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SWISS GERMAN

TEST: Is your German good enough for Swiss citizenship?

If you are planning on becoming a Swiss citizen, you are going to need to be able to prove basic competency in German. Do your language skills cut it?

A swiss flag
Photo by Patrick Hodskins on Unsplash

In Switzerland, gaining citizenship or permanent residency require you to reach certain formal qualifications for speaking a Swiss language, so we’ve put together some sample questions to give you an idea of the level required. 

Being successfully integrated means that they “should participate in the economic, social and cultural life of society”, according to the State Secretariat for Migration, which includes speaking at least one of Switzerland’s languages. 

Importantly, not only must you demonstrate a certain level of linguistic proficiency in a Swiss language, but it must be in the Swiss language spoken in your part of Switzerland.

If you are an American living in the German-speaking canton of Schwyz who speaks French perfectly, you will still need to demonstrate you can speak German in order to satisfy the residency and citizenship requirements. More information about that is available here

However if you do speak French and live in a French-speaking part of Switzerland, we’ve gone into the necessary requirements below. 

READ MORE: Is your French good enough for Swiss residency and citizenship?

This article relates solely to your language ability – applying for citizenship has several other requirements, including having to demonstrate knowledge of Swiss culture and history via the citizenship test.

READ MORE: The ten most surprising questions on Switzerland’s citizenship exam

What level of German do I need for Swiss citizenship and residency?

The level of language proficiency differs depending on the type of residency permission you want: residency permit, permanent residency or Swiss citizenship. 

Fortunately for new arrivals, you do not need to show Swiss language proficiency to get a standard residency permit. 

Generally speaking, those on short-term residency permits – such as B Permits and L Permits – are not required to show proficiency in a national language. 

There are some exceptions – for instance people on family reunification permits – however by and large people who have just arrived in Switzerland for work do not need to demonstrate language proficiency. 

Permanent residents however will need to demonstrate language proficiency. 

EXPLAINED: What’s the difference between permanent residence and Swiss citizenship?

For ordinary permanent residency – which is granted after an uninterrupted stay of five years or ten years in total – you need to demonstrate A2 level of a spoken Swiss language and A1 written.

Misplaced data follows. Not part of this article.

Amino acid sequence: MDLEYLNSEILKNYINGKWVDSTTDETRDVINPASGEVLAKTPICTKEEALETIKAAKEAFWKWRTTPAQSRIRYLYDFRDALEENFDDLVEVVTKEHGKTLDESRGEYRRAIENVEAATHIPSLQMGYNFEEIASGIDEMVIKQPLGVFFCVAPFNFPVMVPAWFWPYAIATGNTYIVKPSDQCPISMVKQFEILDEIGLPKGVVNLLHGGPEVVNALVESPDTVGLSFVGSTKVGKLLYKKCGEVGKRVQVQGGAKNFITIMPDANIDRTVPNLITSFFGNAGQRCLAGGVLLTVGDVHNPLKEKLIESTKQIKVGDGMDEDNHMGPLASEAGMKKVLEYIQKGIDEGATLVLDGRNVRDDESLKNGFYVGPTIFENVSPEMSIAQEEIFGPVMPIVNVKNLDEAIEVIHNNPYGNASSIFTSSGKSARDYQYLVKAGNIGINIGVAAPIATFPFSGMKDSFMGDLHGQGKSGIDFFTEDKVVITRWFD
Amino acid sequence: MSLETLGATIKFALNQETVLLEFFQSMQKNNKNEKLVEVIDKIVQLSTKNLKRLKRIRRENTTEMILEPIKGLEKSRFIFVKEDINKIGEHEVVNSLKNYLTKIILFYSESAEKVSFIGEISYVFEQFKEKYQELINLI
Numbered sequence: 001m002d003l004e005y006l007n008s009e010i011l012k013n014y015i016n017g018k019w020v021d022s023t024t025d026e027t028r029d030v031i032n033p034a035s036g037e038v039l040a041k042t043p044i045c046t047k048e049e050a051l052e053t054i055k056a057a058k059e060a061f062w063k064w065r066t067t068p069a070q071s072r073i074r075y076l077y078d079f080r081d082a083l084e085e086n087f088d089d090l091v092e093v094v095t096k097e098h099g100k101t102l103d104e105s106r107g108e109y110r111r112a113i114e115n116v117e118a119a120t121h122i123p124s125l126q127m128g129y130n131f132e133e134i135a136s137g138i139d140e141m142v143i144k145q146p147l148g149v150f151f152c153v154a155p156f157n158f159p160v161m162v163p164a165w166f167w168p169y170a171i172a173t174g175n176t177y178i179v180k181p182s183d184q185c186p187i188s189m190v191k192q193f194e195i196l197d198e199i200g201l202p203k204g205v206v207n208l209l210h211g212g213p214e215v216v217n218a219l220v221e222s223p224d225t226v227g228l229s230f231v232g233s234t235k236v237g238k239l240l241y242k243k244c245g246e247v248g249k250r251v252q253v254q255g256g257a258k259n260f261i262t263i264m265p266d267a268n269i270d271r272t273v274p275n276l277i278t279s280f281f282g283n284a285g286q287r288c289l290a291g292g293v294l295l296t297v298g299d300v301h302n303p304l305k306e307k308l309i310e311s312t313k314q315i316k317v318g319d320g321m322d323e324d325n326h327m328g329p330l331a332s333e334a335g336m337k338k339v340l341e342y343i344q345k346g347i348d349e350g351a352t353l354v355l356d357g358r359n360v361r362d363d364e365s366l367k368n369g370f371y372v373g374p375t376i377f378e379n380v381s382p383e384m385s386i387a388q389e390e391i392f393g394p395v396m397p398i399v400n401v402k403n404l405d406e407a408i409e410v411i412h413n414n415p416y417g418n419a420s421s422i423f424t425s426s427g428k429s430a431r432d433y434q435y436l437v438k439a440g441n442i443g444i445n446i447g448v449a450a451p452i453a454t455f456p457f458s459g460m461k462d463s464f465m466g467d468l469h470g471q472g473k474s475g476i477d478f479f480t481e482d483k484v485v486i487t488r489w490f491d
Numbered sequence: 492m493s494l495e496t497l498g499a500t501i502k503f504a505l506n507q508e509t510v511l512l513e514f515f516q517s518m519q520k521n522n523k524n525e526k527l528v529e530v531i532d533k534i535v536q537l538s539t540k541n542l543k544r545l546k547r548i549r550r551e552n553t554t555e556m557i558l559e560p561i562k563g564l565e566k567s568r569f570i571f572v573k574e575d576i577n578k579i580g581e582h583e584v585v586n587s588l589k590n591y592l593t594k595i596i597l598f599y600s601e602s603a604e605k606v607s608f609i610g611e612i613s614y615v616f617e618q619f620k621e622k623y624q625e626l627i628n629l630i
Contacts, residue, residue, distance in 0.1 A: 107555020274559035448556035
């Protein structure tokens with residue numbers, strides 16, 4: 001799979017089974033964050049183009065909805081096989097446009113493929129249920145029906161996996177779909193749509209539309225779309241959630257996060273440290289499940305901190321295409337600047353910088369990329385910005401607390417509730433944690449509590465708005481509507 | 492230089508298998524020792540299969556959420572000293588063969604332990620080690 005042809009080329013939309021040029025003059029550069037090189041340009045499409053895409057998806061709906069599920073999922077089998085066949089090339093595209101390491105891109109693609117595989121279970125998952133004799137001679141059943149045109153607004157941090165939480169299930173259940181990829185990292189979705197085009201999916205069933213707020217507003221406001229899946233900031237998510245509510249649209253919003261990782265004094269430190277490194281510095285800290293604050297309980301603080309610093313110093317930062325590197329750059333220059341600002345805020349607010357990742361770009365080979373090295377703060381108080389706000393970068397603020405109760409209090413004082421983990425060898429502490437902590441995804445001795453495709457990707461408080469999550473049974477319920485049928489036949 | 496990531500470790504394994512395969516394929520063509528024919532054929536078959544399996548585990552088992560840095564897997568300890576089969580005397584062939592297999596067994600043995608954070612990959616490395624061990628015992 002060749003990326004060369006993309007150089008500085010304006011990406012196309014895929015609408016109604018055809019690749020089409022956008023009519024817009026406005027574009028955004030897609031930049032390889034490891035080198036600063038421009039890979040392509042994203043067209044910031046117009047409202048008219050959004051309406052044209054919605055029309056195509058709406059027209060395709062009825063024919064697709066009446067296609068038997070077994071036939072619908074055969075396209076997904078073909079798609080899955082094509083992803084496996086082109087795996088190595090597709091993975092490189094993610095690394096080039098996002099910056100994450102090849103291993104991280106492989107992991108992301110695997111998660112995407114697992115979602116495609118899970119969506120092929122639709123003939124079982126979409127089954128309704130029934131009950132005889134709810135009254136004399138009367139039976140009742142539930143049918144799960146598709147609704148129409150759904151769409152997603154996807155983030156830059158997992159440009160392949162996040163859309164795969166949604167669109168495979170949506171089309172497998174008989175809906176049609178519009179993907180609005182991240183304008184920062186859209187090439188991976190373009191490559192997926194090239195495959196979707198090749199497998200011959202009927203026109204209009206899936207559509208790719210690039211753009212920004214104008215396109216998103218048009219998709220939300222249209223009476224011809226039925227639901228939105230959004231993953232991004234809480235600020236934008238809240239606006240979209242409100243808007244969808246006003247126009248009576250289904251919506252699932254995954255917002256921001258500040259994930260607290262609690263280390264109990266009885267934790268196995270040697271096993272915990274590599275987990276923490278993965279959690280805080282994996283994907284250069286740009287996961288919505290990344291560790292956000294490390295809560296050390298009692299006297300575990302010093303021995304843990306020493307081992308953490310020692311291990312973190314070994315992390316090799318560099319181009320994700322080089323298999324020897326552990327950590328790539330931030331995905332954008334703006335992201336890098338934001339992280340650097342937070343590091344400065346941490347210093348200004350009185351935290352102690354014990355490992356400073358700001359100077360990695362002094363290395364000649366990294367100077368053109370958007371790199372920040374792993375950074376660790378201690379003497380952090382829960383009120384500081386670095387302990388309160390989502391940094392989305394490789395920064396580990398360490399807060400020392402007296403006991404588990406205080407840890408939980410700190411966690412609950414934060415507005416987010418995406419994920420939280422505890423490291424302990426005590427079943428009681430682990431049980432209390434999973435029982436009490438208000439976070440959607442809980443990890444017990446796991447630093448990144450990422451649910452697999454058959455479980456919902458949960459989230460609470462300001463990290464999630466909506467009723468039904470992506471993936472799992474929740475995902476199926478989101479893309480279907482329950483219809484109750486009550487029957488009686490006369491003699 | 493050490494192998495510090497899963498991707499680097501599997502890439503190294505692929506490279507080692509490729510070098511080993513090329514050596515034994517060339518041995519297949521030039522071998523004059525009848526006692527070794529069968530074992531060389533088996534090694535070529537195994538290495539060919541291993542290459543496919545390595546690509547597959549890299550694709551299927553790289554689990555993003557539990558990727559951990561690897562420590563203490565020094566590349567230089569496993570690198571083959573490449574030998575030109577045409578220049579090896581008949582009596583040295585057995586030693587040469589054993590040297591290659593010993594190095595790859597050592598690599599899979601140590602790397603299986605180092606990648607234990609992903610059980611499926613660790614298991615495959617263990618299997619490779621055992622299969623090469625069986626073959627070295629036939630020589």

Citizens of Austria, Belgium, Denmark, France, Germany, Greece, Italy, Liechtenstein, Netherlands, Portugal and Spain are exempt from these language requirements. 

For fast-tracked permanent residency, the language level is a little higher. You must demonstrate A1 written but B1 spoken. 

Demonstrating language proficiency must be done through an accredited test centre. The accreditation process is handled at a cantonal level. More information is available here

For citizenship, the level is slightly higher again. Candidates must demonstrate A2 level writing ability and B1 spoken skills. 

More information about language requirements – including what you need for Swiss citizenship – is available at the following link. 

EXPLAINED: Everything you need to know about Swiss language tests for residency

What are the levels in question?

The current citizenship rules in place require German at levels laid out on the six-level scale of competence laid down in the Common European Framework of Reference for Languages (CEFR).

From beginner to advanced, CEFR describes foreign language proficiency at six levels: A1, A2, B1, B2, C1, C2. 

Keep in mind that despite these standards being adopted across much of Switzerland, they are imposed at a cantonal level. 

Cantons are free to set a higher bar if they wish, as Thurgau has done by requiring citizenship candidates to have B1-level written German and B2 (upper intermediate) spoken German. The rules are also stricter in St Gallen and Schwyz. 

The following however are generally in place across Switzerland. 

So what does A1 mean?

According to CEFR, someone with A1 capacity is a ‘basic user’ who “can use familiar everyday expressions and very basic phrases aimed at the satisfaction of needs of a concrete type”.

A person at A1 level “can interact in a simple way provided the other person talks slowly and clearly and is prepared to help.”

So what does A2 mean?

According to CEFR, A2 refers to basic users with an improved level of comprehension. Those in the A2 class “can understand sentences and frequently used expressions related to areas of most immediate relevance (e.g. very basic personal and family information, shopping, local geography, employment)”. 

They “can communicate in simple and routine tasks requiring a simple and direct exchange of information on familiar and routine matters.”

So what does B1 mean?

B1 on the CEFR scale is defined as being able to “understand the main points of clear standard input on familiar matters regularly encountered in work, school, leisure, etc.”

A B1 candidate “can deal with most situations likely to arise whilst travelling in an area where the language is spoken” and can also “produce simple connected text on topics which are familiar or of personal interest.”